* SNB’s Jordan says bank determined to enforce franc cap
* PMI data points to gloom among manufacturers
* Aug sight deposits suggest less spent on interventions
* Swiss Q2 GDP data due on Tues, CPI on Weds
* SNB still worried about real estate prices (Adds data, economist comment, background)
By Catherine Bosley and Emma Thomasson
ZURICH, Sept 3 (Reuters) - The Swiss central bank is determined to defend its currency cap as a rise in the franc would pose a major threat to the economy, the bank’s head said on Monday, as data showed the country’s manufacturing sector contracted more sharply in August.
The bank set a cap of 1.20 per euro on the franc almost exactly a year ago, citing a risk of deflation and a recession as investors seeking sanctuary from the euro zone crisis pushed the Swiss currency up sharply.
“In the current situation, a further appreciation of the Swiss franc would constitute a very substantial threat to the Swiss economy, and would carry with it the risk of deflationary developments,” Swiss National Bank Chairman Thomas Jordan said in a speech.
“With this in mind, we will continue to enforce the minimum exchange rate with the utmost determination, in line with our mandate.”
Monday’s purchasing managers’ index reading supported Jordan’s warning, showing a manufacturing slump deepened last month, contrasting with a more upbeat outlook from the leading KOF indicator last week.
“The SNB has no reason to change its policy,” said Julius Baer economist Janwillem Acket.
The PMI index fell to a seasonally adjusted 46.7 points from 48.6 points in July. The print, missing analysts’ forecasts for 49 points, was the fifth in a row below the 50 point mark that separates growth from contraction.
“In view of the roller-coaster ride in Europe, Swiss industry is failing to pick up,” said index compilers Credit Suisse and the SVME purchasing managers’ association.
“The creeping downturn in industrial activity should therefore continue in the months to come, especially since the backlog of orders is continuing to trend downwards.”
Analysts tend to watch Swiss economic data closely to see if it continues to support the case for the cap, which the SNB is having to defend with heavy interventions. Its foreign currency reserves hit nearly 70 percent of gross domestic product in July.
The amount of cash commercial banks hold with the SNB rose to a new high last week, figures showed on Monday, but the pace of the increase slowed, suggesting the central bank did not intervene as much last month as in July.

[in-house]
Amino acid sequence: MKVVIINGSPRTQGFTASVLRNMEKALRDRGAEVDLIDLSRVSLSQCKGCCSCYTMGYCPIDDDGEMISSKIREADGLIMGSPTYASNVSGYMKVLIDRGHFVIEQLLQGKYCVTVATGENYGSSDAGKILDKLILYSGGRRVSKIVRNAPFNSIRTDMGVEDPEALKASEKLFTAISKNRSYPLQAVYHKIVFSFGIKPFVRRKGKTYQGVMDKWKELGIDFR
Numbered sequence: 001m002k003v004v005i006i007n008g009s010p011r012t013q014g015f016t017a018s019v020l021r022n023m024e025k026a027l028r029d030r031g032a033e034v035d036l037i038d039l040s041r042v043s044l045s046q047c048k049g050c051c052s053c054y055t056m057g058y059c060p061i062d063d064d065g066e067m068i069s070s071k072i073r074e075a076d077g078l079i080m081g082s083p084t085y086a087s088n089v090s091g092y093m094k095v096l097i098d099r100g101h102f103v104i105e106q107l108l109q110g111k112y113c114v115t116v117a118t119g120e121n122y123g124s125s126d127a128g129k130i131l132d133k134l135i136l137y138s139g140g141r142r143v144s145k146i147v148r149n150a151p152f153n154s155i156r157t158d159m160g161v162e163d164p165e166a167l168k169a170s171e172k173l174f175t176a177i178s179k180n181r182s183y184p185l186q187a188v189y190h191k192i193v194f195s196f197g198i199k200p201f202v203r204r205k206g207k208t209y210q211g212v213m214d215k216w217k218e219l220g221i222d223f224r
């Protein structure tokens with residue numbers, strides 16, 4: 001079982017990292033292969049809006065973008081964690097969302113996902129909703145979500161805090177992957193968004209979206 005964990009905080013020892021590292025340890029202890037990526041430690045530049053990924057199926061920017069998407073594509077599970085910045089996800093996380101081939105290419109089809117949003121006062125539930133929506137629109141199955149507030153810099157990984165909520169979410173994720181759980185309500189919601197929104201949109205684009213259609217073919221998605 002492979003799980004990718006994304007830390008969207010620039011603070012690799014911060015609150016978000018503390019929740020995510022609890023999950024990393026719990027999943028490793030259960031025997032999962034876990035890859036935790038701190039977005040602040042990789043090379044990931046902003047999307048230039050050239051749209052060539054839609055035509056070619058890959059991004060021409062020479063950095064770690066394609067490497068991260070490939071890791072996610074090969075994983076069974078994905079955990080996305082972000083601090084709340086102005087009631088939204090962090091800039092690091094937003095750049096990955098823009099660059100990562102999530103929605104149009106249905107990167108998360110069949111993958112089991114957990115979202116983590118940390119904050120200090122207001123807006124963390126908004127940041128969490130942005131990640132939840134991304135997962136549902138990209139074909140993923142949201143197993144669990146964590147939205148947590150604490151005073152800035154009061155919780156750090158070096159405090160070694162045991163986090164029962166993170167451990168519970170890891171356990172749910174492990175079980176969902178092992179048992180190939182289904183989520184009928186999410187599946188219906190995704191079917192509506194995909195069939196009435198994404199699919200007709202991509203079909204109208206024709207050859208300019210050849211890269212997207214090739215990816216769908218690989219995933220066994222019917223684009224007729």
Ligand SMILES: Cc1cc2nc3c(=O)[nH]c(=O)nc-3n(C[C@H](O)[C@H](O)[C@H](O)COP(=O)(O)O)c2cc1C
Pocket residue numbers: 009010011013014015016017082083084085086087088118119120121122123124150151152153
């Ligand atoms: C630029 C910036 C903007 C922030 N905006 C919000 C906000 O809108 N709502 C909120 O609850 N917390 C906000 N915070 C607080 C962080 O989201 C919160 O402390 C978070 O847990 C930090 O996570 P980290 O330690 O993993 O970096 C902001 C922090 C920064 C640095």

Asked in an electronic poll if they thought the SNB could sustain the cap, 66 percent of the participants at the financial conference where Jordan was speaking said “yes”.
Figures showing how much the SNB’s foreign exchange reserves increased in August are due out later in the week, while data on second-quarter GDP growth is due on Tuesday and August consumer prices are out on Wednesday.
“It is too early to talk of an all-clear. The economy has probably lost significant dynamism in the second quarter already,” said Bernd Hartmann, head of investment research at VP Bank. “A renewed escalation of the (euro) debt crisis would also have serious consequences for the Swiss economy.”
Julius Baer economist Acket said the main reason for the discrepancy between the PMI survey and the more upbeat KOF indicator was that the former reflected sentiment at hard-hit small and medium-sized manufacturers.
“We are in a kind of split economy, with the metalworking, machinery and investment goods industry suffering from the European contagion, while services - and even tourism - are not doing so badly despite the high exchange rate,” he said.
In his speech, Jordan reiterated concern about strong rises in Swiss real estate prices in recent years, partly fuelled by the low interest rates the SNB has been forced to maintain to stop the franc from soaring.
“The risk of a further build-up of imbalances followed by a significant price correction is still present,” he said.
In July, new rules to constrain risky lending by banks were enacted. Yet due to signs of a cooling of the property market, the SNB has decided for now to forego forcing banks to boost their capital via a buffer. (Reporting by Catherine Bosley; Editing by Andrew Heavens, John Stonestreet)